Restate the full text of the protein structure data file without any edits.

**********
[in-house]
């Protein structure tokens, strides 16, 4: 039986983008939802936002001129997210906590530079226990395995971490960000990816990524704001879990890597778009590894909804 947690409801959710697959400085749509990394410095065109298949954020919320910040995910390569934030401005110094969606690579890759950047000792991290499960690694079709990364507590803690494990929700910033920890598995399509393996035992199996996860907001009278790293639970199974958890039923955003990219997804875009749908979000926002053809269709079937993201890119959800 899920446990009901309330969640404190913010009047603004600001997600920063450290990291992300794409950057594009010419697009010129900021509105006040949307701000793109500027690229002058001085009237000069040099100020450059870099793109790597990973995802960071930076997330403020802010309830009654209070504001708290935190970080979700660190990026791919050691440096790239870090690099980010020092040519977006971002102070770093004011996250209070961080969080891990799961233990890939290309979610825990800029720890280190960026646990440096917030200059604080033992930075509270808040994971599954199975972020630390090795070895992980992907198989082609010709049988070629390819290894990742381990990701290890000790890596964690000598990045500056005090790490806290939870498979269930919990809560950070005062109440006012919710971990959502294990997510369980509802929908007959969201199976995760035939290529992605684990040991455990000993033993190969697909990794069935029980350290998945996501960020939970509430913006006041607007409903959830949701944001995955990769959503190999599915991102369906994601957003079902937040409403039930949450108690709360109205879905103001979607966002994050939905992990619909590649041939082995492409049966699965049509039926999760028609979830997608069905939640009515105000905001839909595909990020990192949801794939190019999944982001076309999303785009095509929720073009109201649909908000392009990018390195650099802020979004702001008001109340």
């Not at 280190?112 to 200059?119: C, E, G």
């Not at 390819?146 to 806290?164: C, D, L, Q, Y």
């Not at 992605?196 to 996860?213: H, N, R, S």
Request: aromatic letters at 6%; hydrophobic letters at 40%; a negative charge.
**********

[in-house]
């Protein structure tokens, strides 16, 4: 039986983008939802936002001129997210906590530079226990395995971490960000990816990524704001879990890597778009590894909804 947690409801959710697959400085749509990394410095065109298949954020919320910040995910390569934030401005110094969606690579890759950047000792991290499960690694079709990364507590803690494990929700910033920890598995399509393996035992199996996860907001009278790293639970199974958890039923955003990219997804875009749908979000926002053809269709079937993201890119959800 899920446990009901309330969640404190913010009047603004600001997600920063450290990291992300794409950057594009010419697009010129900021509105006040949307701000793109500027690229002058001085009237000069040099100020450059870099793109790597990973995802960071930076997330403020802010309830009654209070504001708290935190970080979700660190990026791919050691440096790239870090690099980010020092040519977006971002102070770093004011996250209070961080969080891990799961233990890939290309979610825990800029720890280190960026646990440096917030200059604080033992930075509270808040994971599954199975972020630390090795070895992980992907198989082609010709049988070629390819290894990742381990990701290890000790890596964690000598990045500056005090790490806290939870498979269930919990809560950070005062109440006012919710971990959502294990997510369980509802929908007959969201199976995760035939290529992605684990040991455990000993033993190969697909990794069935029980350290998945996501960020939970509430913006006041607007409903959830949701944001995955990769959503190999599915991102369906994601957003079902937040409403039930949450108690709360109205879905103001979607966002994050939905992990619909590649041939082995492409049966699965049509039926999760028609979830997608069905939640009515105000905001839909595909990020990192949801794939190019999944982001076309999303785009095509929720073009109201649909908000392009990018390195650099802020979004702001008001109340």
């Not at 280190?112 to 200059?119: C, E, G």
């Not at 390819?146 to 806290?164: C, D, L, Q, Y």
């Not at 992605?196 to 996860?213: H, N, R, S």
Request: aromatic letters at 6%; hydrophobic letters at 40%; a negative charge.